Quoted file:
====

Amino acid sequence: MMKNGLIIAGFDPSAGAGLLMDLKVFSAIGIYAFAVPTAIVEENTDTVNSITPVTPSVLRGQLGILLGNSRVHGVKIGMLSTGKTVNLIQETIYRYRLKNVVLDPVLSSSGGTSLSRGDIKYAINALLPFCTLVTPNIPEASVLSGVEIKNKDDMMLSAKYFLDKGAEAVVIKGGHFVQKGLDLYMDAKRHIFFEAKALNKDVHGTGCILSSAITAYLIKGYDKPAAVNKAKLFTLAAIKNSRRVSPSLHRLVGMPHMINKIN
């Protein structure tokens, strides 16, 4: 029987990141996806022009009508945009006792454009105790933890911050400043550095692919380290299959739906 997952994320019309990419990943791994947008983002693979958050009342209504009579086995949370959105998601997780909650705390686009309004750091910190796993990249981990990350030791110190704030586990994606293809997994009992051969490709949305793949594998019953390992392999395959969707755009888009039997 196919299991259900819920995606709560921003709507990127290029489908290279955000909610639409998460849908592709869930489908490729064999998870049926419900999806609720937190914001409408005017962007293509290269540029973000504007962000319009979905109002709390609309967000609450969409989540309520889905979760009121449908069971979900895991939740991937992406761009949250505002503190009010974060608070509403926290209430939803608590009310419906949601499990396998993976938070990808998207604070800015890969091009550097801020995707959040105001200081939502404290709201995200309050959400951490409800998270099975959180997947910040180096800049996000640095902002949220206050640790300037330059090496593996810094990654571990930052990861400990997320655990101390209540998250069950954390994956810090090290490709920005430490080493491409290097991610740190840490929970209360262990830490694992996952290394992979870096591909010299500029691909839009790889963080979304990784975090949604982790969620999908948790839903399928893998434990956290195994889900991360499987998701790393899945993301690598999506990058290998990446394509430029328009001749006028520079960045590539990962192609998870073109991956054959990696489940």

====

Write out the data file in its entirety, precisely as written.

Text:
Amino acid sequence: MMKNGLIIAGFDPSAGAGLLMDLKVFSAIGIYAFAVPTAIVEENTDTVNSITPVTPSVLRGQLGILLGNSRVHGVKIGMLSTGKTVNLIQETIYRYRLKNVVLDPVLSSSGGTSLSRGDIKYAINALLPFCTLVTPNIPEASVLSGVEIKNKDDMMLSAKYFLDKGAEAVVIKGGHFVQKGLDLYMDAKRHIFFEAKALNKDVHGTGCILSSAITAYLIKGYDKPAAVNKAKLFTLAAIKNSRRVSPSLHRLVGMPHMINKIN
């Protein structure tokens, strides 16, 4: 029987990141996806022009009508945009006792454009105790933890911050400043550095692919380290299959739906 997952994320019309990419990943791994947008983002693979958050009342209504009579086995949370959105998601997780909650705390686009309004750091910190796993990249981990990350030791110190704030586990994606293809997994009992051969490709949305793949594998019953390992392999395959969707755009888009039997 196919299991259900819920995606709560921003709507990127290029489908290279955000909610639409998460849908592709869930489908490729064999998870049926419900999806609720937190914001409408005017962007293509290269540029973000504007962000319009979905109002709390609309967000609450969409989540309520889905979760009121449908069971979900895991939740991937992406761009949250505002503190009010974060608070509403926290209430939803608590009310419906949601499990396998993976938070990808998207604070800015890969091009550097801020995707959040105001200081939502404290709201995200309050959400951490409800998270099975959180997947910040180096800049996000640095902002949220206050640790300037330059090496593996810094990654571990930052990861400990997320655990101390209540998250069950954390994956810090090290490709920005430490080493491409290097991610740190840490929970209360262990830490694992996952290394992979870096591909010299500029691909839009790889963080979304990784975090949604982790969620999908948790839903399928893998434990956290195994889900991360499987998701790393899945993301690598999506990058290998990446394509430029328009001749006028520079960045590539990962192609998870073109991956054959990696489940």